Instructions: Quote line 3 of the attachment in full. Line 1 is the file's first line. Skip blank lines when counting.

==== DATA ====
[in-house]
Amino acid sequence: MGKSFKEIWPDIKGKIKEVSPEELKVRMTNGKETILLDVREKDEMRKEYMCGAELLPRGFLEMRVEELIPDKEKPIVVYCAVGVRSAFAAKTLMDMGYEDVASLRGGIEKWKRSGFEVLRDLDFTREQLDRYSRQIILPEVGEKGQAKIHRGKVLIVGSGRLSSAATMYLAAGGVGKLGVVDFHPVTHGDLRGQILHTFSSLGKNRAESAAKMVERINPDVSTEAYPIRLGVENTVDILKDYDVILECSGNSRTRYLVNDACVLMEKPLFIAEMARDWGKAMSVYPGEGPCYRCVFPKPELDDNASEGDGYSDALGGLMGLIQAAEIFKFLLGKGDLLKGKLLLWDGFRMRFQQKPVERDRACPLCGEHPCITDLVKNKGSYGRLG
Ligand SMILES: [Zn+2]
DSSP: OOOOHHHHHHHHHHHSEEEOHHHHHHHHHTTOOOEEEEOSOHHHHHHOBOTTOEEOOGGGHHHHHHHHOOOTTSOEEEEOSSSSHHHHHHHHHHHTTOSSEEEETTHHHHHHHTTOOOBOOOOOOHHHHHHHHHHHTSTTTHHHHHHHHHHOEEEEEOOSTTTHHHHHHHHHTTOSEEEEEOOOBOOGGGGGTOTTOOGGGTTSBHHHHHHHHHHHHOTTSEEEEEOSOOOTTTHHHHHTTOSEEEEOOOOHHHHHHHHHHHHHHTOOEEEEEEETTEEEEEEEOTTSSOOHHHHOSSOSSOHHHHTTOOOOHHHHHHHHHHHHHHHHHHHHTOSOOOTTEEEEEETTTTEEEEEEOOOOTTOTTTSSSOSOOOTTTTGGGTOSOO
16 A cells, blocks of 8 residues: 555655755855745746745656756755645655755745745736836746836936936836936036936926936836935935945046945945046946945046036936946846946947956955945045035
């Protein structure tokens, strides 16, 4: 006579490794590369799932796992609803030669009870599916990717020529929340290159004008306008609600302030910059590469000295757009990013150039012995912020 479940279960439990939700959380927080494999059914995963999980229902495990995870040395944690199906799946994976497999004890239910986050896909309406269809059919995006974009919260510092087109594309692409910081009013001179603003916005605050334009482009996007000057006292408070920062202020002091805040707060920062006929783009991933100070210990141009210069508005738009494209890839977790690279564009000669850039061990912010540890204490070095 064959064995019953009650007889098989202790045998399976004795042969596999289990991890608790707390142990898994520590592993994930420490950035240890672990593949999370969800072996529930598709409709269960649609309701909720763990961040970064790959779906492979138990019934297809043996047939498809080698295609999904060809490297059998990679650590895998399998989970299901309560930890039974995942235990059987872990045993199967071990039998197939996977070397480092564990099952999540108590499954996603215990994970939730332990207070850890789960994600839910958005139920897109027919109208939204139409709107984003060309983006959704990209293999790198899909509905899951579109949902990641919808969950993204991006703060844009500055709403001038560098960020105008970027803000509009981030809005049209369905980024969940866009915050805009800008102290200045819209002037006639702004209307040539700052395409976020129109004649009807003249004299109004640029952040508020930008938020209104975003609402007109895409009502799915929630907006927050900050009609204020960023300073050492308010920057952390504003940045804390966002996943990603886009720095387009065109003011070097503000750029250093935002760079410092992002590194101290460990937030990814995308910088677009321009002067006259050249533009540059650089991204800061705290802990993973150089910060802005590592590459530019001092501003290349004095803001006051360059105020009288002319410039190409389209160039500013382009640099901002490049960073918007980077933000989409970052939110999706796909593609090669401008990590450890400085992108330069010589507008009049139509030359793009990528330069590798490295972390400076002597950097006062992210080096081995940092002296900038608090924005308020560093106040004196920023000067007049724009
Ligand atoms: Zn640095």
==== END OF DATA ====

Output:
Ligand SMILES: [Zn+2]